To All The Girls Who Grew Up Feeling Awkward: You Are Beautiful / Leonardo Patrizi / Leonardo Patrizi

I never actually have thought of myself as a “pretty girl,” and growing up was even harder with three effortlessly beautiful older sisters, making me always feel like the odd child out. My awkward phase was also not the endearing kind that people giggle about, but the kind that makes you want to burn all evidence of it. I was disproportionately chunky and short, with frizzy mouse-colored hair that stuck out in a ponytail with loose baby hairs to make little “devil horns” as people liked to call them, and wore ill-fitting denim skirts revealing thin, pale, bruised legs.

Thankfully, puberty was in my favor and I lost the weight, learned how to tame my crazy hair, and use makeup. That awkward little girl is still there though under the makeup and hairspray at the end of the day, holding her breath as if her new appearance is only temporary.

I have never actually been able to let go of this girl that people used to look past or make fun of. The girl whose mom was even exhausted from trying to find pants to fit her, whose sisters were tired of trying to help her wear makeup properly. She blended into the walls of her schools, watching the other girls get dates almost flawlessly, and laugh like they didn’t have a care in the world. This girl went home at the end of the day and stared into the mirror, wishing she didn’t look the way she did and feeling like there is someone so much more beautiful trapped on the inside of this ugly shell.

Even when you do break through the shell that you learned to hate, you still carry all of those insecurities with you. You’re still left to battle with all of your old beliefs about yourself and try to forget all of those words people called you, leaving you with scars, deeply carved into your skin like a bad tattoo that you’re ashamed to show anyone. Today I still struggle with the idea that people find me attractive, I feel like I’ve conned people into thinking I’m pretty, and that I’m just wearing a mask.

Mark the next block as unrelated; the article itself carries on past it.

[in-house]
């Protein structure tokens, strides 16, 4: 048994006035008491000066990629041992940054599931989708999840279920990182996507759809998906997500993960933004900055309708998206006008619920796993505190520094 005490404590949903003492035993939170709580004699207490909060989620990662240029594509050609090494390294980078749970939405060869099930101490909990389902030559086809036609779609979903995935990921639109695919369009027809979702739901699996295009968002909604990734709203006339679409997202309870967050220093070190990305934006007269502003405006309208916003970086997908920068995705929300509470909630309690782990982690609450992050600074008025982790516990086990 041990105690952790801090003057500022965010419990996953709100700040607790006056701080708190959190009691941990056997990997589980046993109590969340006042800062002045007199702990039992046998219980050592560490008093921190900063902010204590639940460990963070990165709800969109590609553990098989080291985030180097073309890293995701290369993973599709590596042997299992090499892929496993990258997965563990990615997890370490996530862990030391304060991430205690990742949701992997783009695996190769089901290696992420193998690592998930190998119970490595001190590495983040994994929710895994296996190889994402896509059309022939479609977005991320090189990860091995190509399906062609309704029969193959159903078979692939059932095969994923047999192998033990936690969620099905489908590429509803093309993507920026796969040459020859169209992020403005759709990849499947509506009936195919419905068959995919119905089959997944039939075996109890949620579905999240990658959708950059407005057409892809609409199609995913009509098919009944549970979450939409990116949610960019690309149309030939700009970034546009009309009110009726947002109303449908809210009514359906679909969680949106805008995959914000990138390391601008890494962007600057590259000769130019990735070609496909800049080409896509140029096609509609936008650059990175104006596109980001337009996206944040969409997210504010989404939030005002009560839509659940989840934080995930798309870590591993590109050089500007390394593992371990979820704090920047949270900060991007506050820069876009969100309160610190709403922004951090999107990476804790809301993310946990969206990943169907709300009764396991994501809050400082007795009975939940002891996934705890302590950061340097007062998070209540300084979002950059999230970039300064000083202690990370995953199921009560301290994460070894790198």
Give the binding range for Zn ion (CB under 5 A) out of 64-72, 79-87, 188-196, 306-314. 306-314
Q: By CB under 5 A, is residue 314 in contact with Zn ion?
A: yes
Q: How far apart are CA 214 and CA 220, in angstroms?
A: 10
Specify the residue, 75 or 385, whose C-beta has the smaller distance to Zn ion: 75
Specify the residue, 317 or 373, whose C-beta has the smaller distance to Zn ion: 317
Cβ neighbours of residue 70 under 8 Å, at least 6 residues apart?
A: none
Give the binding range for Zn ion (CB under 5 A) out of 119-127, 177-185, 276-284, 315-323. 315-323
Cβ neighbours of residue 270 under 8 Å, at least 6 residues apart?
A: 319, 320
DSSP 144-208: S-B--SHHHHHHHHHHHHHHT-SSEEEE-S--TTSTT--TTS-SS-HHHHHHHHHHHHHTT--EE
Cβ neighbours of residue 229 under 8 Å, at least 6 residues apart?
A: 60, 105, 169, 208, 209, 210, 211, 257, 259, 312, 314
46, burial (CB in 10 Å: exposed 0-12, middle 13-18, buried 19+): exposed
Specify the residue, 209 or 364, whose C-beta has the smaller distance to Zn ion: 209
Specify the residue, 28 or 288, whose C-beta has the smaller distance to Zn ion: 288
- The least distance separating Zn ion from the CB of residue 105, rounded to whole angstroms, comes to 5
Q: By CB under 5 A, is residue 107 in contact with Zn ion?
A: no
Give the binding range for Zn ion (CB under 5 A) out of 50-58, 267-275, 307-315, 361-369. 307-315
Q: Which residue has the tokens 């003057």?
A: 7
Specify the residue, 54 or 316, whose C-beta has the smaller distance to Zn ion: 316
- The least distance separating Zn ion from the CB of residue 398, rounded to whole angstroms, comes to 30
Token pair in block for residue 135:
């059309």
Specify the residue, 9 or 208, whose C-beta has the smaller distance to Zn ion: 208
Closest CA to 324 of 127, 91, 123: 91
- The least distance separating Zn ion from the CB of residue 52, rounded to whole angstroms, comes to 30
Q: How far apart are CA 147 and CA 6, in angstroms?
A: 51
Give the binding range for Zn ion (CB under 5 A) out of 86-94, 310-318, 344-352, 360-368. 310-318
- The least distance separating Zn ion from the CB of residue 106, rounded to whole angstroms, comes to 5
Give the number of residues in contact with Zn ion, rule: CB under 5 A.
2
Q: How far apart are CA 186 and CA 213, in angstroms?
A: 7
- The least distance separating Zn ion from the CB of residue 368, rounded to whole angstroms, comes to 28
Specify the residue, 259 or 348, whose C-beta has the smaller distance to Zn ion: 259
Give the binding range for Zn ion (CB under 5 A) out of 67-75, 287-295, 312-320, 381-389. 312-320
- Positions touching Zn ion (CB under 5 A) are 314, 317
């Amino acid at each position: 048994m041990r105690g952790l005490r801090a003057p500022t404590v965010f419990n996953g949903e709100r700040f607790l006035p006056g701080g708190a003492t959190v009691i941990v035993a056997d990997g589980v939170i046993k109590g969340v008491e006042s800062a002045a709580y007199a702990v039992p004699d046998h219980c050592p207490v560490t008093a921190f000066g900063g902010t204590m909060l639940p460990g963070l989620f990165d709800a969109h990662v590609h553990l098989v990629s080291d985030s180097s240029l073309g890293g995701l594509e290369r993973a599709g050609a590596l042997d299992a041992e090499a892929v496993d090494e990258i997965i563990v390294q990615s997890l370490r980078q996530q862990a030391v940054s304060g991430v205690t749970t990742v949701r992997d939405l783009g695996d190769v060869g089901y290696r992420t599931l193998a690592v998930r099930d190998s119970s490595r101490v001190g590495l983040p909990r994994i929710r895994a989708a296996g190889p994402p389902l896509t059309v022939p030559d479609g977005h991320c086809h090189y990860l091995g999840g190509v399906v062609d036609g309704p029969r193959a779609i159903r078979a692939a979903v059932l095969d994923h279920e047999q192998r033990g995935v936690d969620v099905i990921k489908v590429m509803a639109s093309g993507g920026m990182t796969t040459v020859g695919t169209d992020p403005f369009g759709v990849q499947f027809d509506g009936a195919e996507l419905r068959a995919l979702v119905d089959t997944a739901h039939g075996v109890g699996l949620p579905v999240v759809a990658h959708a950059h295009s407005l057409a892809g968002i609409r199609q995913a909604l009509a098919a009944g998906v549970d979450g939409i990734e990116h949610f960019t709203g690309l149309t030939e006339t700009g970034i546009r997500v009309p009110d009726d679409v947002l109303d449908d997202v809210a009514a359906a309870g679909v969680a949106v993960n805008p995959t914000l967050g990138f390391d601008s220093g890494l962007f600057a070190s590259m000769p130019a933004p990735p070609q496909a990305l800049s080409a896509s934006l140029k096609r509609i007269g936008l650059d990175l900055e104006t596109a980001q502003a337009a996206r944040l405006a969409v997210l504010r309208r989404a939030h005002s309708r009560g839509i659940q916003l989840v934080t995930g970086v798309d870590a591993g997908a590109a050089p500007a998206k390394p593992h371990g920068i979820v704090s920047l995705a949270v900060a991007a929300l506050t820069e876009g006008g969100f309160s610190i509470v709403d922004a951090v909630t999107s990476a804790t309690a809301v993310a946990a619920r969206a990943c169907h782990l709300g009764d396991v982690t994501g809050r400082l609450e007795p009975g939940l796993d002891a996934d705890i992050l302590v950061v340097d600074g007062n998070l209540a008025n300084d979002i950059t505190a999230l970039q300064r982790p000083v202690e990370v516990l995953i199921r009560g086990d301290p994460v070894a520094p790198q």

I’m still surprised when guys try to talk to me, it’s like going downstairs and missing a step, your heart always skips a beat and you miss a breath for a moment. I look in the mirror and wonder if people actually do mean it when they say I’m pretty, or if they just feel bad for me because they can tell I’m still trying to make myself believe it.

Out of all of this though, I’ve come to the realization that out of everyone who called me gross, or short, or weird; I was my worst enemy the entire time. I tore myself apart, and never tried to actually love myself the way I was when nobody else would. I might have actually been the worst offender of all in fact. I could have very easily found a way to feel better about myself, even if it meant staying the same, but just trying to see myself in a different light.

So, to all of the girls out there reading this, please be good to yourself, no matter how you feel or what you see.

Those years of wishing you were someone else, or staring at yourself in the mirror wondering why you’re you, please stop. It does more harm than good, and though maybe you do get your wish, you’re still left with a curse. People can tell you what they want about you, or how they see you, but it’s really up to you at the end of the day to decide if you actually take it to heart. My advice to you is if it isn’t anything nice, forget you ever heard it, and don’t add weight to your already heavy heart. You’re beautiful by embracing who you are and being happy with it. Thought Catalog Logo Mark

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